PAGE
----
Welcome to Common Gunsense

I hope this blog will provoke some thoughtful reflection about the issue of guns and gun violence. I am passionate about the issue and would love to change some misperceptions and the culture of gun violence in America by sharing with readers words, photos, videos and clips from articles to promote common sense about gun issues. Many of you will agree with me- some will not. I am only one person but one among many who think it's time to do something about this national problem. The views expressed by me in this blog do not represent any group with which I am associated but are rather my own personal opinions and thoughts.

Wednesday, June 1, 2011

Fixing gun background checks

Mumbai residents remembering victims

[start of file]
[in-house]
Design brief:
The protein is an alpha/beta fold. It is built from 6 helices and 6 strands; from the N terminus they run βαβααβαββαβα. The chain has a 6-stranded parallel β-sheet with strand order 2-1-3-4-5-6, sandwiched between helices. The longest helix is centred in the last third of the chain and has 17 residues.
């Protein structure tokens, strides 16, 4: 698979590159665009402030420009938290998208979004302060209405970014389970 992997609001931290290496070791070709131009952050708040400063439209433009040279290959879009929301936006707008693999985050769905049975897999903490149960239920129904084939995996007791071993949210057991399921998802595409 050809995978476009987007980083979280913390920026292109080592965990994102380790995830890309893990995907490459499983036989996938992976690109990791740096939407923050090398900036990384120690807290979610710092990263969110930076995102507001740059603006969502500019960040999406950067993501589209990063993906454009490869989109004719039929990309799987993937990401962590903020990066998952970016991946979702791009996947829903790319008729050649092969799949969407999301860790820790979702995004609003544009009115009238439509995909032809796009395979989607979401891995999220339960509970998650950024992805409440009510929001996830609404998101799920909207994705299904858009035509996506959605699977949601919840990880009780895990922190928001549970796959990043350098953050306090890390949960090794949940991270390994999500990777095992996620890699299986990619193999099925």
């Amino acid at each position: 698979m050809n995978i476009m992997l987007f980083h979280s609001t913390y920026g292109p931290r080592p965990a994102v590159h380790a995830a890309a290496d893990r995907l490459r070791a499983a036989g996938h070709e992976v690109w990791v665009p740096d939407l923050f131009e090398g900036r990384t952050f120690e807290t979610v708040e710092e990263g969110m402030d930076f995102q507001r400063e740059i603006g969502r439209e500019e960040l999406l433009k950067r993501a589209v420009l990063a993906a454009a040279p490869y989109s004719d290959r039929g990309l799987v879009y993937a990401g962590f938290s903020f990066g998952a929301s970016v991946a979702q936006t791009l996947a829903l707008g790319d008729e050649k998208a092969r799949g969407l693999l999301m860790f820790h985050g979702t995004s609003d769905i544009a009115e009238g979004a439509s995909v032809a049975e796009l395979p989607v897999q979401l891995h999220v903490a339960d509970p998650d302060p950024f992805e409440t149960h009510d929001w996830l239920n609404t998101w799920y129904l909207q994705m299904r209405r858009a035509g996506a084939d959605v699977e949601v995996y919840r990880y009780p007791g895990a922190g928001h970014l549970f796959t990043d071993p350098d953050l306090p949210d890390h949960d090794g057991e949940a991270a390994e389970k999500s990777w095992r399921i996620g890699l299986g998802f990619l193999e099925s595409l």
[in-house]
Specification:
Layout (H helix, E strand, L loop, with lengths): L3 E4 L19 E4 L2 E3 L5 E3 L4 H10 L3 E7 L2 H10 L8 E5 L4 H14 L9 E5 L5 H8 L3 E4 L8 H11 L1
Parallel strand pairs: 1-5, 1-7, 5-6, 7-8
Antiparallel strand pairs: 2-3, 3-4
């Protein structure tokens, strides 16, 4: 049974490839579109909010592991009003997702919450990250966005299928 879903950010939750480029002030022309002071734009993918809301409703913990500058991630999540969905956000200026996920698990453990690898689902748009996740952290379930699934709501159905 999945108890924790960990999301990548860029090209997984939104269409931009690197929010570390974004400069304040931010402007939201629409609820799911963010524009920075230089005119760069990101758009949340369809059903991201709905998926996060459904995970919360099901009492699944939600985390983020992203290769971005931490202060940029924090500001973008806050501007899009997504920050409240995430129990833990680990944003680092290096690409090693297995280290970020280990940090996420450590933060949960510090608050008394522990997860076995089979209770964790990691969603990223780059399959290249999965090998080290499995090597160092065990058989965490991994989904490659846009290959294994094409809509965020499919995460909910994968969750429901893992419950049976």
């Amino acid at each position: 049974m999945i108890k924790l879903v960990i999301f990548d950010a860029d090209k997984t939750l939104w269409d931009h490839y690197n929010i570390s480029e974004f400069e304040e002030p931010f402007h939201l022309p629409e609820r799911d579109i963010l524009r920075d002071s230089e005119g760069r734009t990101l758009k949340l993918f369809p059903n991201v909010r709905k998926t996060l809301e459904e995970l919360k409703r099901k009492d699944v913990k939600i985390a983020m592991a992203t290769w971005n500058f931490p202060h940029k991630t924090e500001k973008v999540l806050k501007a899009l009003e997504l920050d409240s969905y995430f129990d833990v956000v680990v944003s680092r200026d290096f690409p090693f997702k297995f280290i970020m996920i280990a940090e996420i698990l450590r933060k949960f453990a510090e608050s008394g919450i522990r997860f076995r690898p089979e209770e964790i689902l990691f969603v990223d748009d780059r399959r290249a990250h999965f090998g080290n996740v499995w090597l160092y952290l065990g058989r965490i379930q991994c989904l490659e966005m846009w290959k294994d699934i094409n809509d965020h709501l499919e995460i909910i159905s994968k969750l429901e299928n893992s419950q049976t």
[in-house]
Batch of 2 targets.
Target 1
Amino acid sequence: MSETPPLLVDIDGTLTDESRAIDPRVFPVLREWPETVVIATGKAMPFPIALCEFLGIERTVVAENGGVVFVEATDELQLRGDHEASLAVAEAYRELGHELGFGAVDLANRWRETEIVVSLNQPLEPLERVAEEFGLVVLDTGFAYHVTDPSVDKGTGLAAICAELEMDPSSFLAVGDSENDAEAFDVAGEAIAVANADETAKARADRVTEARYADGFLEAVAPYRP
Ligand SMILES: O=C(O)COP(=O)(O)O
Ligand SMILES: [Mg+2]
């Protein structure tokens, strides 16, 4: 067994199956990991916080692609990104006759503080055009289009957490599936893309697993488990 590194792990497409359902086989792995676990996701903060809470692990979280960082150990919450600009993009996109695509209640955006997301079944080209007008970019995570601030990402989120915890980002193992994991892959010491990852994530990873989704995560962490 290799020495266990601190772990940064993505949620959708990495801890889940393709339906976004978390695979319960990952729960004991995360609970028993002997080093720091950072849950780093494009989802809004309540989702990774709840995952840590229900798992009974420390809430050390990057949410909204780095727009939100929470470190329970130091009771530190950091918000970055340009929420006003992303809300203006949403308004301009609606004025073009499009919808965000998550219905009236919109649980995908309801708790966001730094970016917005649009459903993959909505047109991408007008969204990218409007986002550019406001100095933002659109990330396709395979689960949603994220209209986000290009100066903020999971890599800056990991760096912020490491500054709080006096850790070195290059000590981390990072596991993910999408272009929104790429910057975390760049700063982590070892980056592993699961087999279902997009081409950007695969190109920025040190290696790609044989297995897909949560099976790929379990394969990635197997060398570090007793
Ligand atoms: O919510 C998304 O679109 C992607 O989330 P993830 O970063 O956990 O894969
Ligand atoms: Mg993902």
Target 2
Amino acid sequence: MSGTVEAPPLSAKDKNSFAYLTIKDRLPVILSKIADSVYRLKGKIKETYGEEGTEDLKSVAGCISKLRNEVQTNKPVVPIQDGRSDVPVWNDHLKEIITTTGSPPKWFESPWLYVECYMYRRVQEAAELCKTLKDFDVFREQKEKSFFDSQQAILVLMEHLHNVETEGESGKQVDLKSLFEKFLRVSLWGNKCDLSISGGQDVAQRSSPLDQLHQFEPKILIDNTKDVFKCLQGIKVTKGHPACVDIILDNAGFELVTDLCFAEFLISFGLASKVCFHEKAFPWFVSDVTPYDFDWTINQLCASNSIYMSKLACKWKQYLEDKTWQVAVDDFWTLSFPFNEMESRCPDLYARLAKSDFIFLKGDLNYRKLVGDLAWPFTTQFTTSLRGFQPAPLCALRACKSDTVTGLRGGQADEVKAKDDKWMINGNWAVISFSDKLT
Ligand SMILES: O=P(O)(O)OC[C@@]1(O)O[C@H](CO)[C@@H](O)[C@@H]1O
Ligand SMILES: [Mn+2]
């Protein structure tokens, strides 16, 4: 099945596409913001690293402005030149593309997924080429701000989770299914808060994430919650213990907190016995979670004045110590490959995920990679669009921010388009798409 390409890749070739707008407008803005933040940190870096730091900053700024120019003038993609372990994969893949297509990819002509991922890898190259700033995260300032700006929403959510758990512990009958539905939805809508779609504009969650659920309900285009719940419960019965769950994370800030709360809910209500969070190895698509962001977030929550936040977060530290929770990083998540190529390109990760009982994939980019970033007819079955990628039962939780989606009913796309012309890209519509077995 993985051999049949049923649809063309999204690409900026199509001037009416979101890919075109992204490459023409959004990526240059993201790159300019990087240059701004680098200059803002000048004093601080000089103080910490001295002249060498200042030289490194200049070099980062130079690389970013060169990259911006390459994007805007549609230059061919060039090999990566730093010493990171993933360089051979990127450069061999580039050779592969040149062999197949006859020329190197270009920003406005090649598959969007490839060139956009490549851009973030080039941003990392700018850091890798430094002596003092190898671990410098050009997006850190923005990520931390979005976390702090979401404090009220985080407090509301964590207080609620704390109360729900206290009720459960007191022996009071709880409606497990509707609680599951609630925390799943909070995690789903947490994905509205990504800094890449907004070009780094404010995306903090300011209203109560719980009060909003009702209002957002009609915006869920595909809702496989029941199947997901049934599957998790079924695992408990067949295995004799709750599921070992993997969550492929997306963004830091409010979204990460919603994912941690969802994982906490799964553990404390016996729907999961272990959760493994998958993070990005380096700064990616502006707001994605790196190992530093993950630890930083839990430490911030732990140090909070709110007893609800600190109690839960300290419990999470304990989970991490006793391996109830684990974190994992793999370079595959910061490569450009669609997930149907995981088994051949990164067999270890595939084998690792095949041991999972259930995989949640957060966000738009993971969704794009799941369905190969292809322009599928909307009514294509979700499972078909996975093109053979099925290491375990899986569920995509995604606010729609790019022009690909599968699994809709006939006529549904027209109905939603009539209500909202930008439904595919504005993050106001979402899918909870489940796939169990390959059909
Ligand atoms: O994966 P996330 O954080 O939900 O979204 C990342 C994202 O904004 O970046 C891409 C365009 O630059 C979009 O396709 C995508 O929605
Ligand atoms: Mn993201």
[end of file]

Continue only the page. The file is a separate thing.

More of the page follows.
In my last post, I referred to N.Y. Senator Chuck Schumer's bill in the Senate- the Fix Gun Checks Act of 2011, S. 436. One of my commenters pointed out that even the Brady Campaign's President, Paul Helmke appeared to have some problems with that bill and gave me a quote from Helmke. Here it is: " “It’s a concern we’ve raised about this proposal, too. I’ve got the same concerns,” said Paul Helmke, president of the Brady Campaign. “[There is] the whole innocent-until-proven-guilty concept coming into play here. So that alone is a legitimate concern.”" Though the commenter did not provide a link or a context for these remarks, I have learned that Helmke's comments appeared in the on-line Daily Caller. The comments made by Helmke are correct. The commenter is right in that the Senate version of the Fix Gun Checks Act has some areas of concern raised by the gun lobby as well as by those on the side of gun control. A similar bill, HR 1781 was introduced in the House on May 5th by N.Y. Representative Carolyn McCarthy